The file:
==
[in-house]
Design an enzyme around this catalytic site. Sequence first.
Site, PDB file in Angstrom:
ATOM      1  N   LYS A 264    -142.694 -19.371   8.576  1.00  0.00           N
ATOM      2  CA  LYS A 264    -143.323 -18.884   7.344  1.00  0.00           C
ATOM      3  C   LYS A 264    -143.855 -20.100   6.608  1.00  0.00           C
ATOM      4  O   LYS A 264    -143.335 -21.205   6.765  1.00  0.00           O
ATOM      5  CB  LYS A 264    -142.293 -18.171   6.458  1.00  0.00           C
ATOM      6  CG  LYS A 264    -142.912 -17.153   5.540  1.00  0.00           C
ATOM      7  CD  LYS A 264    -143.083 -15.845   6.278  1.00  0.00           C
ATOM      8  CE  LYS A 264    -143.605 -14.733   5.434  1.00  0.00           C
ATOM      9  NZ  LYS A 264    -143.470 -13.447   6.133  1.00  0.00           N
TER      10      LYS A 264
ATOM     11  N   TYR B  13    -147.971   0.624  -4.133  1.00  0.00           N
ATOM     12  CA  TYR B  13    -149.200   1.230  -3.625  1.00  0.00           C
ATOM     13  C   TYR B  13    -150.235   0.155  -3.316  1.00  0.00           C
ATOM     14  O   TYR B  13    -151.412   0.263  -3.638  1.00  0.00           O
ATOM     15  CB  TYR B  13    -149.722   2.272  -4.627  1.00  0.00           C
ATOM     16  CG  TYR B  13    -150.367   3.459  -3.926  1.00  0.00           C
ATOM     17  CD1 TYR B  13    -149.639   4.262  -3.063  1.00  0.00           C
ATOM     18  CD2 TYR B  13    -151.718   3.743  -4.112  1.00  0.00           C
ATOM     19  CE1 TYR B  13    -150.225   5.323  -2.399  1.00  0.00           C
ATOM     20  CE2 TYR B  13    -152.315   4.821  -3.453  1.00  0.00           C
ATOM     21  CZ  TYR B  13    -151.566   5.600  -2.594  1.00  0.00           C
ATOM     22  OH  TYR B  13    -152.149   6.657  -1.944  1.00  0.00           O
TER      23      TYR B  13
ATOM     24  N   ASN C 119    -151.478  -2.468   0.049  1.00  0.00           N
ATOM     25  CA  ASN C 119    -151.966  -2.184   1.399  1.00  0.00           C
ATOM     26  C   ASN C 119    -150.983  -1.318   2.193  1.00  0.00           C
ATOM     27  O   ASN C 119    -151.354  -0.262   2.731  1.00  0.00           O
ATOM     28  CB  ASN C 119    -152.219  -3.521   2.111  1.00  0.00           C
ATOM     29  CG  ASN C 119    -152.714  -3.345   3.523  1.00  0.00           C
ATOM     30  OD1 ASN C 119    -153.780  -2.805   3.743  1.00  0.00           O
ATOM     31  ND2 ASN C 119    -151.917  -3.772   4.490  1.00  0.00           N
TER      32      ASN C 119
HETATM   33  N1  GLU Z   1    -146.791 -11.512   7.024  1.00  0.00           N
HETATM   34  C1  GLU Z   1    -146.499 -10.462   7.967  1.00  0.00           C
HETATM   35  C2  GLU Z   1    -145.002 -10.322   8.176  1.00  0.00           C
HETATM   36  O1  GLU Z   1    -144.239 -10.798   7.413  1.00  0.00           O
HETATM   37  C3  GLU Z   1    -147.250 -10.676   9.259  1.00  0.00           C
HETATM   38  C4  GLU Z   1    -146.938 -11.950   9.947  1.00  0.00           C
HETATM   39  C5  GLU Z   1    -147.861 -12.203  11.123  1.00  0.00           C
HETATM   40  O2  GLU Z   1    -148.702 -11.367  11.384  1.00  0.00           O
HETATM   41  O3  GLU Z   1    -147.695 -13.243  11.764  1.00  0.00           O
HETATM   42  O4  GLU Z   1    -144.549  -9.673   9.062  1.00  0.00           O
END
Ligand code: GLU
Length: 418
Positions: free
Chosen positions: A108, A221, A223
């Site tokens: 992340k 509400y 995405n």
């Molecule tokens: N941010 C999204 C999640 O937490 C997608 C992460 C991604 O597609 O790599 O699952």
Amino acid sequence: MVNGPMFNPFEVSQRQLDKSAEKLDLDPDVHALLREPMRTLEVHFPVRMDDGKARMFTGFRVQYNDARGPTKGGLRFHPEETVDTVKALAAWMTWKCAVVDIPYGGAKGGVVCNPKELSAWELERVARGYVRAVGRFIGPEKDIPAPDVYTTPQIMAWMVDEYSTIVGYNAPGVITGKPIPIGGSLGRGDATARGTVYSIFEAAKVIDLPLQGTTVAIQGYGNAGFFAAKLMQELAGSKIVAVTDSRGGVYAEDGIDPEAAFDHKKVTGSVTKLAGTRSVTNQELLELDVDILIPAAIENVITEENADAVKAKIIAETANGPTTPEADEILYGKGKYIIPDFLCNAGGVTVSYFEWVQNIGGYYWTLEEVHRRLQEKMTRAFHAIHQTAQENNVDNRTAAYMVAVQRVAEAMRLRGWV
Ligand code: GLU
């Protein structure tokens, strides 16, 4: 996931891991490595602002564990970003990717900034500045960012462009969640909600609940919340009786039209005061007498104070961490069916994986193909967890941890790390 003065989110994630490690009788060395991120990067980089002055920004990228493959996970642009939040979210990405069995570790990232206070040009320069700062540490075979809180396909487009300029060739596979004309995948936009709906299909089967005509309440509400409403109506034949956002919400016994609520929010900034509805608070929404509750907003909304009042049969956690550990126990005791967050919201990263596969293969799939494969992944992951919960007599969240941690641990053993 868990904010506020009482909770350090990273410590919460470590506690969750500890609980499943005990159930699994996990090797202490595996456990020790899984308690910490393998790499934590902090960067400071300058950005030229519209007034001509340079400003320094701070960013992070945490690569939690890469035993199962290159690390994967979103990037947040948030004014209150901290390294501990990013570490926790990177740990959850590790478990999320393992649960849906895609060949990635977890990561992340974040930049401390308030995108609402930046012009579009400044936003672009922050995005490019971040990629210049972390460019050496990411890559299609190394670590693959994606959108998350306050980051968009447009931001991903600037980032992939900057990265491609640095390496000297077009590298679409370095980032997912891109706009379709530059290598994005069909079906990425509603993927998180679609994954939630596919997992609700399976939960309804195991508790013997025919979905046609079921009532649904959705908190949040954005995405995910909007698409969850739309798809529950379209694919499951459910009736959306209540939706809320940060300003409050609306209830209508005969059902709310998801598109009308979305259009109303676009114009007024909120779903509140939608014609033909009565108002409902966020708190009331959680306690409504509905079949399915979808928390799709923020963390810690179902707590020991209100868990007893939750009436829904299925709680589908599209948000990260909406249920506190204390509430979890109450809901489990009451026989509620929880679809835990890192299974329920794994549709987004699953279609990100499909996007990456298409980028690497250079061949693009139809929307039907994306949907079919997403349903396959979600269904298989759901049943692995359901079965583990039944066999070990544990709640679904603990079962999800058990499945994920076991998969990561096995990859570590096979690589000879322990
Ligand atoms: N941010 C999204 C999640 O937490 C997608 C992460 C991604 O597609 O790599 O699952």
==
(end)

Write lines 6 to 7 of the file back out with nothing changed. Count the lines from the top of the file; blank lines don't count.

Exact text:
ATOM      3  C   LYS A 264    -143.855 -20.100   6.608  1.00  0.00           C
ATOM      4  O   LYS A 264    -143.335 -21.205   6.765  1.00  0.00           O